A week ago, I was having some issues with my laptop and I happened to mention it to the neighbor kid (okay, so he’s really more of a young man as a 20-year old college sophomore. studying computer science..but the older I get, the younger they look!).
Anyway, while he was helping me fix my laptop, he also started sharing some great tips for increasing productivity with Gmail. So I asked him if I could ask him a few questions now and then in order to share some of his tips with you. So we’re calling the series “Geeking Out With Gavin.” Let me know if you have questions about using Gmail and I’ll pass them along.
Q: How do I keep my Gmail inbox clean?
– a message that describes something that I need to do (including email reminders sent to myself, since I also use it as a to-do list),
– or an email I’m waiting on a reply from.
If the email is anything else, it gets archived.
Now, following these rules will quickly fill the archive to the point where it is too large to search by hand. In order to find archived emails when/if I need them later, I’ll need a way to pinpoint what I want easily. I do this with labels, stars, and adding keywords.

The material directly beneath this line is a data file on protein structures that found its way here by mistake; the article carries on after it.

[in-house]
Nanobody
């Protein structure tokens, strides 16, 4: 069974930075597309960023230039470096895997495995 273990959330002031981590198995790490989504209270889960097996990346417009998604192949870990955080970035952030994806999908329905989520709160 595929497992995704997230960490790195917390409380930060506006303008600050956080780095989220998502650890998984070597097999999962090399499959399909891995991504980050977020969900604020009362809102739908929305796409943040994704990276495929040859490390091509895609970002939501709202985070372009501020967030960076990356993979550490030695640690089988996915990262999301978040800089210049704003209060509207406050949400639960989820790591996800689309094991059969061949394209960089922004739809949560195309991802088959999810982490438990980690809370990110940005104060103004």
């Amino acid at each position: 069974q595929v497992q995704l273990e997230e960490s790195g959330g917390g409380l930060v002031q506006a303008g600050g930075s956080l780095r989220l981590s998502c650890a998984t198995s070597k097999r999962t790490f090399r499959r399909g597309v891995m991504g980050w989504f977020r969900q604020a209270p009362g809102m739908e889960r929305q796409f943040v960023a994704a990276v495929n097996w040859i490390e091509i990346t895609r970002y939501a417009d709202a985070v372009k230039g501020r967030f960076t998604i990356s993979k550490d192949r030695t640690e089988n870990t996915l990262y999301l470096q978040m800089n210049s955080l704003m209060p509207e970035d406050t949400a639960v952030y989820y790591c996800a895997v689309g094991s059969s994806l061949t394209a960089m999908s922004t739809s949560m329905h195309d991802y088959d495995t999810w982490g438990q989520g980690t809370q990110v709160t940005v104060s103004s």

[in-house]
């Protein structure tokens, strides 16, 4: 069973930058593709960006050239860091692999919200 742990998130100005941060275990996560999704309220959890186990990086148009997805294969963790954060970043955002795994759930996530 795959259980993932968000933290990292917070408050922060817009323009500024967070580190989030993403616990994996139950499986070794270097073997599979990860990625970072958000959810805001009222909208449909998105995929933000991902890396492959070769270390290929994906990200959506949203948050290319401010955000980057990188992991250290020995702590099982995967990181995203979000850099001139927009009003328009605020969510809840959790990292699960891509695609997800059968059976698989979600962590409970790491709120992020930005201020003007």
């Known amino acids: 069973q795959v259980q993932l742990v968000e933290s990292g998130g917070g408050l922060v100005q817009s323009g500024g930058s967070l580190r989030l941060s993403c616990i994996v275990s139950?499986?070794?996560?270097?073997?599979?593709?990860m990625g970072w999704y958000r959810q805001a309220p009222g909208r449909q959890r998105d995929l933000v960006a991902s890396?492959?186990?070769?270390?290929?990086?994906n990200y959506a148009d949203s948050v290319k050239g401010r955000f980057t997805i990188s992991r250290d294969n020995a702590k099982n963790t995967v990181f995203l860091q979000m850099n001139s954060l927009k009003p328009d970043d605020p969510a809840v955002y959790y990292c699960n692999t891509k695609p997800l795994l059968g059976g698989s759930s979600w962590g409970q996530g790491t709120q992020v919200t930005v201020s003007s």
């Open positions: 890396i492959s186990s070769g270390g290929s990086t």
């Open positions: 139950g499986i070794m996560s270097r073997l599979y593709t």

1 – Labels in Gmail are, in my opinion, one of its best features; they act like folders for your emails, allowing you to file and find emails easily. The difference from traditional folders is that you can apply as many labels to an email as you want.
2 – Starring is essentially another label, except with slightly easier access: there is a ‘starred’ link right under the ‘inbox’ link on the left. The catch is that there is only one kind of ‘star’ (unless, of course, you head by Gmail labs and enable ‘superstars’). I use stars mainly for information that I know I will need at some point in the future, but not right now (my plane ticket information for this coming semester, for instance).
3 – Adding keywords simply means forwarding the email to yourself with some key terms that you think that you might search for in the message body. With Gmail’s conversation view, this won’t create a new email, but simply add the words on as the most recent part of the conversation. Later, however, when you are looking for this email and use those terms in the search box, the email will come to the surface.
Labels and the Starred section both show up in the left sidebar of Gmail: however, the most powerful tool for finding an email is the overhead search bar. There are a number of operators you can use there, including is: (used for is:starred or is:unread), label: (for a label of ‘Projects’, search label:Projects), and any and all key terms you are looking for.
A more thorough guide on the search bar’s additional featured can be found at (http://www.hongkiat.com/blog/gmail-advanced-search-ultimate-guide/).